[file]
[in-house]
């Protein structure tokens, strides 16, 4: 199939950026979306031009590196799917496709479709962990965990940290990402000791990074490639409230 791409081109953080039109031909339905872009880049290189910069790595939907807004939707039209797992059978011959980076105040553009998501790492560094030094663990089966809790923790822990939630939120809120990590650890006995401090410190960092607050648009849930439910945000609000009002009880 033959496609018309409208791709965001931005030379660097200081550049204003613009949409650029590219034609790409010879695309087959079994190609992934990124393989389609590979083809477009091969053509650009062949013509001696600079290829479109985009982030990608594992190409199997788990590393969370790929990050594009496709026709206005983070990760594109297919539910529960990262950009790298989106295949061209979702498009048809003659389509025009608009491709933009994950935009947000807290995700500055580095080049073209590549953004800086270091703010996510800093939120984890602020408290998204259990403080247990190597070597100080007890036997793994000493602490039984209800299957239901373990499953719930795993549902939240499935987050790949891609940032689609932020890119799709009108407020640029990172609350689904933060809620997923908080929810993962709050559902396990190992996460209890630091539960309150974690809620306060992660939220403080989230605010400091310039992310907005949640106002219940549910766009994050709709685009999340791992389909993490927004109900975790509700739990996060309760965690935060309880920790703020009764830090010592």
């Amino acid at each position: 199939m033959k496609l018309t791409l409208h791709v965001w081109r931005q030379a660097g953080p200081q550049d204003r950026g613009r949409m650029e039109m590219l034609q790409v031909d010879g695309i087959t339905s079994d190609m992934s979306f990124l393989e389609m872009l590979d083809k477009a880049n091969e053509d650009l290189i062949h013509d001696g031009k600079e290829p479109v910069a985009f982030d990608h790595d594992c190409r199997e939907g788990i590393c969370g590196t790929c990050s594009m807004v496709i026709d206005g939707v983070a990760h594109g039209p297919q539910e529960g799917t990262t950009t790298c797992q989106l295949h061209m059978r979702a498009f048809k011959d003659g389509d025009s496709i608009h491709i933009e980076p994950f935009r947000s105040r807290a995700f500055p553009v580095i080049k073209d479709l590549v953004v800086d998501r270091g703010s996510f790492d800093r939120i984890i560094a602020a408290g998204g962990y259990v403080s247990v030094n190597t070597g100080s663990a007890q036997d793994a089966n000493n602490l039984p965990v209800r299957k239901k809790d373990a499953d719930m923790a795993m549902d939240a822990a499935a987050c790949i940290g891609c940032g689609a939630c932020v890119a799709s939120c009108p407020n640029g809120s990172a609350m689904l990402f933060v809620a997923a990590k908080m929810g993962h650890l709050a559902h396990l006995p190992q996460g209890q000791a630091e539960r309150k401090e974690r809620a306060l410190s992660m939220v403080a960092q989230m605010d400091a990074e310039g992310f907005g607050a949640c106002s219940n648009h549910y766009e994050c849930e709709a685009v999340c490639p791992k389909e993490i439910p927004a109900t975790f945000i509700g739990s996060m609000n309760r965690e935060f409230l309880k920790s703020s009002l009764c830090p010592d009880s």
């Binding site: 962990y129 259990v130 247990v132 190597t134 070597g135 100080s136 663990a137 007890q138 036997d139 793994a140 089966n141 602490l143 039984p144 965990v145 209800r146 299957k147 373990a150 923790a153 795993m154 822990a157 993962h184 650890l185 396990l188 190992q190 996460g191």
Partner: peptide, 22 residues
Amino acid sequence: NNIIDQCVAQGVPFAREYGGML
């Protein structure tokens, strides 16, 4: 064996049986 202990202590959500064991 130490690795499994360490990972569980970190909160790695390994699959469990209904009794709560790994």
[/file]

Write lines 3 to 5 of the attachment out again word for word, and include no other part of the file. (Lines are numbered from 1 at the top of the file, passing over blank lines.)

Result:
């Amino acid at each position: 199939m033959k496609l018309t791409l409208h791709v965001w081109r931005q030379a660097g953080p200081q550049d204003r950026g613009r949409m650029e039109m590219l034609q790409v031909d010879g695309i087959t339905s079994d190609m992934s979306f990124l393989e389609m872009l590979d083809k477009a880049n091969e053509d650009l290189i062949h013509d001696g031009k600079e290829p479109v910069a985009f982030d990608h790595d594992c190409r199997e939907g788990i590393c969370g590196t790929c990050s594009m807004v496709i026709d206005g939707v983070a990760h594109g039209p297919q539910e529960g799917t990262t950009t790298c797992q989106l295949h061209m059978r979702a498009f048809k011959d003659g389509d025009s496709i608009h491709i933009e980076p994950f935009r947000s105040r807290a995700f500055p553009v580095i080049k073209d479709l590549v953004v800086d998501r270091g703010s996510f790492d800093r939120i984890i560094a602020a408290g998204g962990y259990v403080s247990v030094n190597t070597g100080s663990a007890q036997d793994a089966n000493n602490l039984p965990v209800r299957k239901k809790d373990a499953d719930m923790a795993m549902d939240a822990a499935a987050c790949i940290g891609c940032g689609a939630c932020v890119a799709s939120c009108p407020n640029g809120s990172a609350m689904l990402f933060v809620a997923a990590k908080m929810g993962h650890l709050a559902h396990l006995p190992q996460g209890q000791a630091e539960r309150k401090e974690r809620a306060l410190s992660m939220v403080a960092q989230m605010d400091a990074e310039g992310f907005g607050a949640c106002s219940n648009h549910y766009e994050c849930e709709a685009v999340c490639p791992k389909e993490i439910p927004a109900t975790f945000i509700g739990s996060m609000n309760r965690e935060f409230l309880k920790s703020s009002l009764c830090p010592d009880s």
């Binding site: 962990y129 259990v130 247990v132 190597t134 070597g135 100080s136 663990a137 007890q138 036997d139 793994a140 089966n141 602490l143 039984p144 965990v145 209800r146 299957k147 373990a150 923790a153 795993m154 822990a157 993962h184 650890l185 396990l188 190992q190 996460g191």
Partner: peptide, 22 residues